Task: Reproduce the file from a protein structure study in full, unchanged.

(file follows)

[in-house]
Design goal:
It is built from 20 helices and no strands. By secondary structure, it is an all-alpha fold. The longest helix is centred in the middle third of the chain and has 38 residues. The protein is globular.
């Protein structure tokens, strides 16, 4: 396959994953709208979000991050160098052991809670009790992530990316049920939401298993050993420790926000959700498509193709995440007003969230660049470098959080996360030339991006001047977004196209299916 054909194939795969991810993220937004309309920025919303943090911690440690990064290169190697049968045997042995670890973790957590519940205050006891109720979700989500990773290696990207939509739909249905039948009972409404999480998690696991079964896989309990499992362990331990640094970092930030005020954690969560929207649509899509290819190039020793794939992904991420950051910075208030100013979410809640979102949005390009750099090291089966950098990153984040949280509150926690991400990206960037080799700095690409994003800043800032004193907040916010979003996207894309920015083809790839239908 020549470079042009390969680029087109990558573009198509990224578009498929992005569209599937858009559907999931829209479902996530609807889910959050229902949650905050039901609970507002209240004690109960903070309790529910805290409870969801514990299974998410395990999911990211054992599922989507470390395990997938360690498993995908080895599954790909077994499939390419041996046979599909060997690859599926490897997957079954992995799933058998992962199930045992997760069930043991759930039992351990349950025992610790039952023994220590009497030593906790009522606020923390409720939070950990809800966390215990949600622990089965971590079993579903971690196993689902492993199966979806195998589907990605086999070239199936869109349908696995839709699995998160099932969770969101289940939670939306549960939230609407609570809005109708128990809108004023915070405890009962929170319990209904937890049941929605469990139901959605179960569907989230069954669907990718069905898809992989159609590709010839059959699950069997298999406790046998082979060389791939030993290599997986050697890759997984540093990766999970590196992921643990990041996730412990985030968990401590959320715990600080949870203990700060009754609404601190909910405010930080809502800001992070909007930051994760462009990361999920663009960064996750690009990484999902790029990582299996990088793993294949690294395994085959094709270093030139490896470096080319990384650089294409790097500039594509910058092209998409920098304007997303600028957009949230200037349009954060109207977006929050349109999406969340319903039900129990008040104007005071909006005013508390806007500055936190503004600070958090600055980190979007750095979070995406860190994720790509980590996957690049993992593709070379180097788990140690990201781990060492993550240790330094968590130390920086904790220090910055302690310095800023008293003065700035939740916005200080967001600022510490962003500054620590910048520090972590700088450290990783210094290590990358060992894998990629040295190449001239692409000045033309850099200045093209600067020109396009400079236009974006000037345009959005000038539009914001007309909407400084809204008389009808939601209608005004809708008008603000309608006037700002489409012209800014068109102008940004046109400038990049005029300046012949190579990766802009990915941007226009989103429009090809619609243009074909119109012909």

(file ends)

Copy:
[in-house]
Design goal:
It is built from 20 helices and no strands. By secondary structure, it is an all-alpha fold. The longest helix is centred in the middle third of the chain and has 38 residues. The protein is globular.
């Protein structure tokens, strides 16, 4: 396959994953709208979000991050160098052991809670009790992530990316049920939401298993050993420790926000959700498509193709995440007003969230660049470098959080996360030339991006001047977004196209299916 054909194939795969991810993220937004309309920025919303943090911690440690990064290169190697049968045997042995670890973790957590519940205050006891109720979700989500990773290696990207939509739909249905039948009972409404999480998690696991079964896989309990499992362990331990640094970092930030005020954690969560929207649509899509290819190039020793794939992904991420950051910075208030100013979410809640979102949005390009750099090291089966950098990153984040949280509150926690991400990206960037080799700095690409994003800043800032004193907040916010979003996207894309920015083809790839239908 020549470079042009390969680029087109990558573009198509990224578009498929992005569209599937858009559907999931829209479902996530609807889910959050229902949650905050039901609970507002209240004690109960903070309790529910805290409870969801514990299974998410395990999911990211054992599922989507470390395990997938360690498993995908080895599954790909077994499939390419041996046979599909060997690859599926490897997957079954992995799933058998992962199930045992997760069930043991759930039992351990349950025992610790039952023994220590009497030593906790009522606020923390409720939070950990809800966390215990949600622990089965971590079993579903971690196993689902492993199966979806195998589907990605086999070239199936869109349908696995839709699995998160099932969770969101289940939670939306549960939230609407609570809005109708128990809108004023915070405890009962929170319990209904937890049941929605469990139901959605179960569907989230069954669907990718069905898809992989159609590709010839059959699950069997298999406790046998082979060389791939030993290599997986050697890759997984540093990766999970590196992921643990990041996730412990985030968990401590959320715990600080949870203990700060009754609404601190909910405010930080809502800001992070909007930051994760462009990361999920663009960064996750690009990484999902790029990582299996990088793993294949690294395994085959094709270093030139490896470096080319990384650089294409790097500039594509910058092209998409920098304007997303600028957009949230200037349009954060109207977006929050349109999406969340319903039900129990008040104007005071909006005013508390806007500055936190503004600070958090600055980190979007750095979070995406860190994720790509980590996957690049993992593709070379180097788990140690990201781990060492993550240790330094968590130390920086904790220090910055302690310095800023008293003065700035939740916005200080967001600022510490962003500054620590910048520090972590700088450290990783210094290590990358060992894998990629040295190449001239692409000045033309850099200045093209600067020109396009400079236009974006000037345009959005000038539009914001007309909407400084809204008389009808939601209608005004809708008008603000309608006037700002489409012209800014068109102008940004046109400038990049005029300046012949190579990766802009990915941007226009989103429009090809619609243009074909119109012909």